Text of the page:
Sharing a stage with Myanmar's leader Aung San Suu Kyi in the capital Naypyidaw, he did not address the Rohingya crisis head-on, instead tip-toeing around the unfolding humanitarian emergency.
Peace can only be achieved through "justice and a respect for human rights", he said in a broadly-framed speech that also called for "respect for each ethnic group and its identity".
The word "Rohingya", an incendiary term in a mainly Buddhist country where the Muslim minority are denied citizenship and branded illegal "Bengali" immigrants, was entirely absent from his speech.
Francis has repeatedly defended the group, some 620,000 of whom have fled to Bangladesh since August. Rights groups had urged him to tackle Myanmar on its treatment of the minority during his four-day visit.
Suu Kyi, a Nobel Peace Prize winner, has been ostracised by a global rights community that once adored her but is now outraged at her tepid response to the plight of the Rohingya.
She spoke of the challenges her country faces as it creeps out of the shadow of five decades of military rule, but also did not reference the Rohingya.
Myanmar's government aimed to build the nation by "protecting rights, fostering tolerance, ensuring security for all", she said in a short speech, that gave a nod to global concern over the "situation in the Rakhine."
The pope's peace mission is studded with pitfalls in Myanmar, where a monk-led Buddhist nationalist movement has fostered widespread loathing for the Rohingya.
The Pope, The Lady and a General
Late on Monday the 80-year-old pontiff received a "courtesy visit" from Myanmar's powerful army chief -- whose troops, according to the UN and US, have waged a campaign of ethnic cleansing against the Rohingya in Rakhine state.
Senior General Min Aung Hlaing has firmly denied allegations of widespread brutality by his forces, despite the flight of hundreds of thousands of people who have recounted widespread cases of rape, murder and arson.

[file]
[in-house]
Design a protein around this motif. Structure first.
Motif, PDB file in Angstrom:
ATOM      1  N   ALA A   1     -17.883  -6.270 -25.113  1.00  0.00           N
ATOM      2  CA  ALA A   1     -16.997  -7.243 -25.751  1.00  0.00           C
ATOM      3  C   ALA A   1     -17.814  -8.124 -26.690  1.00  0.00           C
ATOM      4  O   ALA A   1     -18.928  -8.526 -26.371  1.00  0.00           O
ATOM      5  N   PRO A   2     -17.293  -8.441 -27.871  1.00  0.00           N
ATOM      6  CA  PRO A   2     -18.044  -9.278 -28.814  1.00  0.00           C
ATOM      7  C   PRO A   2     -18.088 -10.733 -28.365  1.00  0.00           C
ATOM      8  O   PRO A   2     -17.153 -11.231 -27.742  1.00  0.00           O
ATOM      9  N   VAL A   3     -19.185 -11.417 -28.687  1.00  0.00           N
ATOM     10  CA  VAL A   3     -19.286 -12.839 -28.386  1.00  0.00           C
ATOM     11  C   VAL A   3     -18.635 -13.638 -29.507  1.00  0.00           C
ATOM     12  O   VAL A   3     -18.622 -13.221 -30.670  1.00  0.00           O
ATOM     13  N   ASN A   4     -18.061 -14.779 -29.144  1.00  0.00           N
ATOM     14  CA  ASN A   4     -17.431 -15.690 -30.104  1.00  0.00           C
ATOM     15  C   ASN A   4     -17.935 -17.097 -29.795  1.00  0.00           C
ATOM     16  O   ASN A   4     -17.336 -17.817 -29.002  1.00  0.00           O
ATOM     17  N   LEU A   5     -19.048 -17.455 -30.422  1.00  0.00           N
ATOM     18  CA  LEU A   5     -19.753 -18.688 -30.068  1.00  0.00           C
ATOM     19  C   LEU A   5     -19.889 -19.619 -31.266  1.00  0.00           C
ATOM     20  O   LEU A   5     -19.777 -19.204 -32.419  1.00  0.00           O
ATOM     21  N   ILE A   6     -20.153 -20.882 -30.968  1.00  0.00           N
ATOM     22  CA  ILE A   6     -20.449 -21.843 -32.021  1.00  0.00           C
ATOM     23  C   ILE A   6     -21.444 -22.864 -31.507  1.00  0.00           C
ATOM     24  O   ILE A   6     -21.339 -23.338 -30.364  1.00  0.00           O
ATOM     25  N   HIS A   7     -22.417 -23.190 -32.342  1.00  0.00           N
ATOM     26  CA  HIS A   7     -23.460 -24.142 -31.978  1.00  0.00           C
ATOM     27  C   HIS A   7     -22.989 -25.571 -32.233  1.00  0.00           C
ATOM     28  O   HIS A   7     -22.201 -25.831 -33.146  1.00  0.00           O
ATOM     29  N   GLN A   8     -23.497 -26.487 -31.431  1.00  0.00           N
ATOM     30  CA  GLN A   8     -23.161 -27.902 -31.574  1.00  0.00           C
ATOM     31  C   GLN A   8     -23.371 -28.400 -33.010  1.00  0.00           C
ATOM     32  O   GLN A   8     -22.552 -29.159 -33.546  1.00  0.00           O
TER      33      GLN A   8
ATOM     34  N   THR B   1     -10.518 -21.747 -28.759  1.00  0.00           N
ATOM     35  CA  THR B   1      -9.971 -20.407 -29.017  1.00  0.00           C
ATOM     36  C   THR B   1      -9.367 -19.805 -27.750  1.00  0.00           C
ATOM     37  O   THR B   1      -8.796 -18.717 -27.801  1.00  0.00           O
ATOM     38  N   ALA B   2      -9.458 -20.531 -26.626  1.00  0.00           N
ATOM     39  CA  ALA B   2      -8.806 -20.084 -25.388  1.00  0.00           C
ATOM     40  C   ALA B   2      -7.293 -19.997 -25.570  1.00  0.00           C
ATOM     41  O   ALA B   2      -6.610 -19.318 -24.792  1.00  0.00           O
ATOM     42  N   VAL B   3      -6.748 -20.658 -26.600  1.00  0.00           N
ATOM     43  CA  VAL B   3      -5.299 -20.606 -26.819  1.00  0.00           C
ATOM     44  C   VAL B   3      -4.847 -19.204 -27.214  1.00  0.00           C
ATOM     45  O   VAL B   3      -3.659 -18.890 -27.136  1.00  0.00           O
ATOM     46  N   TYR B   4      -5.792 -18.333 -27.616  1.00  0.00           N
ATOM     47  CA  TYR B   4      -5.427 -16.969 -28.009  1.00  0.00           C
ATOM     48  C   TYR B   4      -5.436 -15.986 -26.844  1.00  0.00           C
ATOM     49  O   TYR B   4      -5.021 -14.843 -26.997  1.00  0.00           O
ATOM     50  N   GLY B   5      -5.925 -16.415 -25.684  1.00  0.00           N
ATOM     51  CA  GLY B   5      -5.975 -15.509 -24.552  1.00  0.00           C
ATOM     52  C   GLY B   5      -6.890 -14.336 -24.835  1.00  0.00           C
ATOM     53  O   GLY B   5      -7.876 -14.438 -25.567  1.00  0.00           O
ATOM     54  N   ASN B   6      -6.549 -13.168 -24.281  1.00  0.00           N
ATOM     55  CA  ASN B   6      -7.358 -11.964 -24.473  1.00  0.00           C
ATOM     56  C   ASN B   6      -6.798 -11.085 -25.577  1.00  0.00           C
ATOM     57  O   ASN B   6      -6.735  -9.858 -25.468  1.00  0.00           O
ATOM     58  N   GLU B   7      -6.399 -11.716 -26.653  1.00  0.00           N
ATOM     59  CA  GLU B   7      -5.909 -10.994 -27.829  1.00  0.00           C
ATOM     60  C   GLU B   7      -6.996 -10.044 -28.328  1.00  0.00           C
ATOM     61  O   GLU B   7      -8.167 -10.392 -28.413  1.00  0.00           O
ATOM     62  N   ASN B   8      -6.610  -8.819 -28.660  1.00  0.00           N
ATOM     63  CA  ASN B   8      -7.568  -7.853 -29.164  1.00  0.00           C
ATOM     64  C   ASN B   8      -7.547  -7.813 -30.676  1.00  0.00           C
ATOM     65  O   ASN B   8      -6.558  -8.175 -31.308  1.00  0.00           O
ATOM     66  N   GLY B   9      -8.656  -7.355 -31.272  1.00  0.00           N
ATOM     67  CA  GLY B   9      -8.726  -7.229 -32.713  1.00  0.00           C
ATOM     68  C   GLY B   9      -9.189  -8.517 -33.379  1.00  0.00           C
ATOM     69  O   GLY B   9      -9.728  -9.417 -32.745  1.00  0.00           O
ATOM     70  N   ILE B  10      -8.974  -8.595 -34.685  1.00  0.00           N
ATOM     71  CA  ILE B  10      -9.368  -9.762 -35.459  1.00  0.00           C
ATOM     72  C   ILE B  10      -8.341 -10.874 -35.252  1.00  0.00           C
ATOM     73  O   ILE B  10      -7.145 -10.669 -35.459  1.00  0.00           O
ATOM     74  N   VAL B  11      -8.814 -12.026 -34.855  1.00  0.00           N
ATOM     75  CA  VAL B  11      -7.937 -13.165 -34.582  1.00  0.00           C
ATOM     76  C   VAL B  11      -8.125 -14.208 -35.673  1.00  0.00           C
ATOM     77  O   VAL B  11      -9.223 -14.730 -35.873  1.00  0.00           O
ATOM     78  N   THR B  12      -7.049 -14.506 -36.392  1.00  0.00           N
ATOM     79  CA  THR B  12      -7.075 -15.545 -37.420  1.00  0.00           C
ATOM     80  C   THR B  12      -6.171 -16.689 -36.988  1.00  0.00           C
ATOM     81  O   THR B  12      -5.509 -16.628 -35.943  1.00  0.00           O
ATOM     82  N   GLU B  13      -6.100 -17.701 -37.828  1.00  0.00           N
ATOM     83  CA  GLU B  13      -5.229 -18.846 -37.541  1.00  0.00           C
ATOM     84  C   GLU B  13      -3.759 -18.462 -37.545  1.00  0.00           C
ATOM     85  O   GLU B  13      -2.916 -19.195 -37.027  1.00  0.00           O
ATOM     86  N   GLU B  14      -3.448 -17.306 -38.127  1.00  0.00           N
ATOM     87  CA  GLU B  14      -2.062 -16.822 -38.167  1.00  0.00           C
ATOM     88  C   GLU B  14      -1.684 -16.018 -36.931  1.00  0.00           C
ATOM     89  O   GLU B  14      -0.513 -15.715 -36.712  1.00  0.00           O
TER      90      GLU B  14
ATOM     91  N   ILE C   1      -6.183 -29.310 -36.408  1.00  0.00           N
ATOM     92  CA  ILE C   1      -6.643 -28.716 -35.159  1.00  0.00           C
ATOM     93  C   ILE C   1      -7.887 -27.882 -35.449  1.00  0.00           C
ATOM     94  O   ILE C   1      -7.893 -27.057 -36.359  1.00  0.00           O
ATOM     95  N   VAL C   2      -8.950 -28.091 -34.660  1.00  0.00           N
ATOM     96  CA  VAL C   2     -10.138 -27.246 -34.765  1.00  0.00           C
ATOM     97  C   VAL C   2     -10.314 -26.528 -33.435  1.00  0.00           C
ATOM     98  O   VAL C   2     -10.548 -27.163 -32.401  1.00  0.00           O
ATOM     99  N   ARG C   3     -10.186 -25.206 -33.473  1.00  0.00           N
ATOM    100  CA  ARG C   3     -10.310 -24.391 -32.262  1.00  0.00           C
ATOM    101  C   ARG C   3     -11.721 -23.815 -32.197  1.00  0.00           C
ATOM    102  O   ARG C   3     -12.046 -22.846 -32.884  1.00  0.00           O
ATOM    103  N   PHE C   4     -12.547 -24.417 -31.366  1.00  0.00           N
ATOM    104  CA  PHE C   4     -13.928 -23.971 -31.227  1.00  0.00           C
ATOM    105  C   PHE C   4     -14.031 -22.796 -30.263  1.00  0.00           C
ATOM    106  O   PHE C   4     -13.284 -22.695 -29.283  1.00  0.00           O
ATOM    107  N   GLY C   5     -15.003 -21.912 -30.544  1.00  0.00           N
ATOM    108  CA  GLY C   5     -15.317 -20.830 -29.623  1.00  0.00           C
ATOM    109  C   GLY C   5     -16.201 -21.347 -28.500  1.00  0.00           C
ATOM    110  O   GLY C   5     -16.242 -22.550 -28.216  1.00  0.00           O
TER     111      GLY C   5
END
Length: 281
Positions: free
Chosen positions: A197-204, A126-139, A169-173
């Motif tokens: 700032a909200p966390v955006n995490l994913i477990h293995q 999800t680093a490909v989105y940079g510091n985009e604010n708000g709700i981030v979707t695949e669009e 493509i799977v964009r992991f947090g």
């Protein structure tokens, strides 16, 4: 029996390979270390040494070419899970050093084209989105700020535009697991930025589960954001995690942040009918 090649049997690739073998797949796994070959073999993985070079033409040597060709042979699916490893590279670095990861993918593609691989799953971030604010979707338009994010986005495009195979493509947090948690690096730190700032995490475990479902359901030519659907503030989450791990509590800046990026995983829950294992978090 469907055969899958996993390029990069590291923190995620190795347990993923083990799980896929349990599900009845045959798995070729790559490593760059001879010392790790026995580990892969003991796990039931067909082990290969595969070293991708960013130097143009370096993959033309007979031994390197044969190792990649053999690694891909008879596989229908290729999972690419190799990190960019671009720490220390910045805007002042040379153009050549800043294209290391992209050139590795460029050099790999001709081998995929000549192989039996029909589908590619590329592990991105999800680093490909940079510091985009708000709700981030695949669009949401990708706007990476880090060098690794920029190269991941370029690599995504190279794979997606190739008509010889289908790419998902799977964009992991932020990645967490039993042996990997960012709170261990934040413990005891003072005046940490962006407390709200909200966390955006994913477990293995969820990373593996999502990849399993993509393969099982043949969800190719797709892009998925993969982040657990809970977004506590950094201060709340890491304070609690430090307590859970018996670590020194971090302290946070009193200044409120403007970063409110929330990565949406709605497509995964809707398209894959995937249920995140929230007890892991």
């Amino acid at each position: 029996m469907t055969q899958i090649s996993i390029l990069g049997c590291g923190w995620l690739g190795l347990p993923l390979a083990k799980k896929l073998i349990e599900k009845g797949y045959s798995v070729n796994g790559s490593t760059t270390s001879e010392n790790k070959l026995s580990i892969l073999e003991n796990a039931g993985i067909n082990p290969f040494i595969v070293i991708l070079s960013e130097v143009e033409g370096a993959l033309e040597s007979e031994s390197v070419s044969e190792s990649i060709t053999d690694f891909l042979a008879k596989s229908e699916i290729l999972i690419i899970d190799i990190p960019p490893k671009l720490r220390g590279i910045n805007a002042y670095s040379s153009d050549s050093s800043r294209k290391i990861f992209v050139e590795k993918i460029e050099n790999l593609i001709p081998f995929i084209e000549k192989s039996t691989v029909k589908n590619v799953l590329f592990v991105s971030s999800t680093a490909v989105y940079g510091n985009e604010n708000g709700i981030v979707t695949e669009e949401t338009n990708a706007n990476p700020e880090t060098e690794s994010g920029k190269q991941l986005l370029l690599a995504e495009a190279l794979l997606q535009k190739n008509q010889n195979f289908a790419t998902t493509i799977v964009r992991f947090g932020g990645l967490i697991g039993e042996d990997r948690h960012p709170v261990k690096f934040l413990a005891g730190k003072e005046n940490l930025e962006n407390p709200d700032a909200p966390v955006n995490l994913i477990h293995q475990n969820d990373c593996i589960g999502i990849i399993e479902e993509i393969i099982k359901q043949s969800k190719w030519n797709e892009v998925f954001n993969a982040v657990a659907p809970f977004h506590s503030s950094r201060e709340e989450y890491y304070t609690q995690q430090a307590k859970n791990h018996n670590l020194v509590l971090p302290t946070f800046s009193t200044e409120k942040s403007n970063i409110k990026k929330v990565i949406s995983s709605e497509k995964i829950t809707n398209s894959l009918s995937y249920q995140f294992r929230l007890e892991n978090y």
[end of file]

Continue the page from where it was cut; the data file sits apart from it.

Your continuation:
His office said he told the pope there was "no discrimination" in Myanmar, and feted his military for maintaining "the peace and stability of the country".
Early Tuesday the pontiff met leaders from Buddhist, Muslim, Baptist and Jewish faiths in Yangon.
The conversation centred around themes of unity and diversity, with the pope sharing a prayer and giving a "very, very beautiful speech", according to Sammy Samuels, a representative from the small Jewish community.
The Lady, as she is fondly known in Myanmar, finally came to power after elections in 2015 but has fallen from grace internationally for not doing more to stand up to the army in defence of the Rohingya -- whose name she will not publicly utter.
Rights groups have clamoured for Suu Kyi to be stripped of her peace prize. Oxford, the English city she once called home, on Monday removed her Freedom of the City award for her "inaction" in the face of oppression of the Rohingya.
Just days before the papal visit, Myanmar and Bangladesh signed a deal to start repatriating Rohingya refugees within two months.
But details of the agreement -- including the use of temporary shelters for returnees, many of whose homes have been burned to the ground -- raise questions for Rohingya fearful of returning without guarantees of basic rights.
Francis will travel on to Bangladesh on Thursday.
So far, the pontiff has received a warm welcome in Myanmar, whose Catholic community numbers just over one percent of the country's 51 million people.
But some 200,000 Catholics are pouring into the commercial capital Yangon from all corners of the country ahead of a huge, open-air mass on Wednesday morning.
Zaw Sai, 52, from Kachin state, found space for himself and his family to camp out in a churchyard.
"We feel very pleased because we are from different ethnicities but are one in our religion," he told AFP.
(Except for the headline, this story has not been edited by NDTV staff and is published from a syndicated feed.)